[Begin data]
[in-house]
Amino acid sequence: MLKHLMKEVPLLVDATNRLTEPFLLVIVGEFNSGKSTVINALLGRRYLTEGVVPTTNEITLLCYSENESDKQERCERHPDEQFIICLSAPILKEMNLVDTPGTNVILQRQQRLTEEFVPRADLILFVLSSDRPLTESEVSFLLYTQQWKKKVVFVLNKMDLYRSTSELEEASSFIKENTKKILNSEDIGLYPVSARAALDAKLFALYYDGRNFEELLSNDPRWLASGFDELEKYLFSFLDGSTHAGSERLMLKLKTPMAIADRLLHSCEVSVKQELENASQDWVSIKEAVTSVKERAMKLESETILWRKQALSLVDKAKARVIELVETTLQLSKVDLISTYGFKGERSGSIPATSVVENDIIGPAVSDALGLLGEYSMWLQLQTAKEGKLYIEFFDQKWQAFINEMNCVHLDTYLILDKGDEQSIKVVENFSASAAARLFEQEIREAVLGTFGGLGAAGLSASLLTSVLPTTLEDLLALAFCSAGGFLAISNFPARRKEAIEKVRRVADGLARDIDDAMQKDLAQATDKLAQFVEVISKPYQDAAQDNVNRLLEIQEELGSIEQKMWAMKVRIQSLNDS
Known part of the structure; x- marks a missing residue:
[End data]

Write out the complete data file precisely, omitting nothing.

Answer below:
[in-house]
Amino acid sequence: MLKHLMKEVPLLVDATNRLTEPFLLVIVGEFNSGKSTVINALLGRRYLTEGVVPTTNEITLLCYSENESDKQERCERHPDEQFIICLSAPILKEMNLVDTPGTNVILQRQQRLTEEFVPRADLILFVLSSDRPLTESEVSFLLYTQQWKKKVVFVLNKMDLYRSTSELEEASSFIKENTKKILNSEDIGLYPVSARAALDAKLFALYYDGRNFEELLSNDPRWLASGFDELEKYLFSFLDGSTHAGSERLMLKLKTPMAIADRLLHSCEVSVKQELENASQDWVSIKEAVTSVKERAMKLESETILWRKQALSLVDKAKARVIELVETTLQLSKVDLISTYGFKGERSGSIPATSVVENDIIGPAVSDALGLLGEYSMWLQLQTAKEGKLYIEFFDQKWQAFINEMNCVHLDTYLILDKGDEQSIKVVENFSASAAARLFEQEIREAVLGTFGGLGAAGLSASLLTSVLPTTLEDLLALAFCSAGGFLAISNFPARRKEAIEKVRRVADGLARDIDDAMQKDLAQATDKLAQFVEVISKPYQDAAQDNVNRLLEIQEELGSIEQKMWAMKVRIQSLNDS
Known part of the structure; x- marks a missing residue: